Local governments have adjusted to the changes, successfully or otherwise, by resorting to conference calls and Zoom meetings. Along the way, they’ve created an archive that could provide fodder for future generations and the historians that walk among them.
Toss in the litany of memos, directive and resolutions and the collection has already grown to a substantial one.
“More often than not, it’s way after the fact, and sometimes significantly after that fact that we’re looking back on trying to craft a narrative of what happened,” said Strohmaier. “We have the opportunity in real time to jump on this and help preserve the documentary record, but also help shape it by informing folks who are collecting documents what they should be hanging on to.”
Archives and Special Collections at the University of Montana’s Mansfield Library will archive the collected materials and make them available to public officials, scholars and others after the project wraps up.
“We are living in a truly historic time,” said Donna McCrea, head of Archives and Special Collections. “How we react and respond – as individuals and as a community – will be of interest 10 years from now and 100 years from now. We know that the best way to ensure this content is available to future generations is to gather it proactively right now.”
That proactive effort could help avoid the frustrations encountered by Lautzenheieser and other historians as they attempt to compile a narrative of past events. Lautzenheieser has gathered information on the interment camp at Fort Missoula, but is often stymied by incomplete records and missing information.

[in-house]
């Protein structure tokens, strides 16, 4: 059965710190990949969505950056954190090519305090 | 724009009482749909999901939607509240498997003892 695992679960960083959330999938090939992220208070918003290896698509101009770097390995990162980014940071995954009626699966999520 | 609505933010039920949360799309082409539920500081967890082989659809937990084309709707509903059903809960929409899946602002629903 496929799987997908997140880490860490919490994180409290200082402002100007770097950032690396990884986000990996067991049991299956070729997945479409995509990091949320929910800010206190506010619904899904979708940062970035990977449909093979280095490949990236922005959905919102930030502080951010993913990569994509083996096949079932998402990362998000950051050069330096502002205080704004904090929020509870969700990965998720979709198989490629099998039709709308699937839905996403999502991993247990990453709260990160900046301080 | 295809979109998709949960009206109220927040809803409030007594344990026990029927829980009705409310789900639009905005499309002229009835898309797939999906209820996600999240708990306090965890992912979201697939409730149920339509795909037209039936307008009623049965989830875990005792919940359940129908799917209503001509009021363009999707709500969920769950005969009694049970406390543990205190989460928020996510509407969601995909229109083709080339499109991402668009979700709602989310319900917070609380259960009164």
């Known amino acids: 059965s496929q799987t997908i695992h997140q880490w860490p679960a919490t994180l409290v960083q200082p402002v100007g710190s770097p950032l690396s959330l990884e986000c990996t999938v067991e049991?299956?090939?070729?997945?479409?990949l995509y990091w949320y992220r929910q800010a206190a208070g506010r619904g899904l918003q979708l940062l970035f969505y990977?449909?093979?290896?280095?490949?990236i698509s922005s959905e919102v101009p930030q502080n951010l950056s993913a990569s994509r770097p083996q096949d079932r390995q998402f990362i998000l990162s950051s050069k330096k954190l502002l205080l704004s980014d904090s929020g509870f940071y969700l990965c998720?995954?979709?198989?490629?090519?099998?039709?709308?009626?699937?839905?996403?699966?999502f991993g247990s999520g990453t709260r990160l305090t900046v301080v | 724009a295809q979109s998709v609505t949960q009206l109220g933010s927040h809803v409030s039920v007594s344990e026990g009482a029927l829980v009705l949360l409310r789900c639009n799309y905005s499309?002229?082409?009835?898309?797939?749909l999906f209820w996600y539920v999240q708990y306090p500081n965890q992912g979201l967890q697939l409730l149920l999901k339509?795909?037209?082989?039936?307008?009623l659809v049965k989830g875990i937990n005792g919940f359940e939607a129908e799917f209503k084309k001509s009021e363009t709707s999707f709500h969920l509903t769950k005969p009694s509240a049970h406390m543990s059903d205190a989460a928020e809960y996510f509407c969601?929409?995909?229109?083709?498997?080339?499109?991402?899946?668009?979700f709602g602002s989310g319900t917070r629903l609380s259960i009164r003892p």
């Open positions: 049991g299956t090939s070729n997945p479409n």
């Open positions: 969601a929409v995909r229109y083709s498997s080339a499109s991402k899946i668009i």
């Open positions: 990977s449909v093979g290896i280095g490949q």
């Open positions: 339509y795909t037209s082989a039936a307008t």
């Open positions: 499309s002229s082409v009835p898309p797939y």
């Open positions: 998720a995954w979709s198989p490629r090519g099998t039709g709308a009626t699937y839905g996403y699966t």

Logging the documents, thoughts and fears of today’s population – and doing it in real time – will benefit future researchers, he said.
“Doing research on the alien detention center, we’re really lacking a lot of the basic documents, the things at the camp, the daily records of who was doing what,” he said. “That’s a big hole we have doing that research. We’re using those lessons we learned to collect those things moving forward.”
Public documents created by government agencies during the pandemic will add key details to the record. But such records are often pedestrian and formulaic. The human stories will add color to the archives.
In other words, Lautzenheieser said, it won’t be a top-down account of the 2020 pandemic, and government officials won’t get to write their own version of history.
“It will be a well-rounded picture of not just government, but everyday folks,” said Lautzenheieser. “Being able to see how this has developed over the course of weeks and maybe months will be interesting. You can trace how that develops. It’ll be interesting down the road for other government officials and historians to see how the county came up with that idea.”
People can submit written materials, photographs, audio and visual files, and other documents reflecting their experiences during this period by following this link to the Mansfield Library’s website.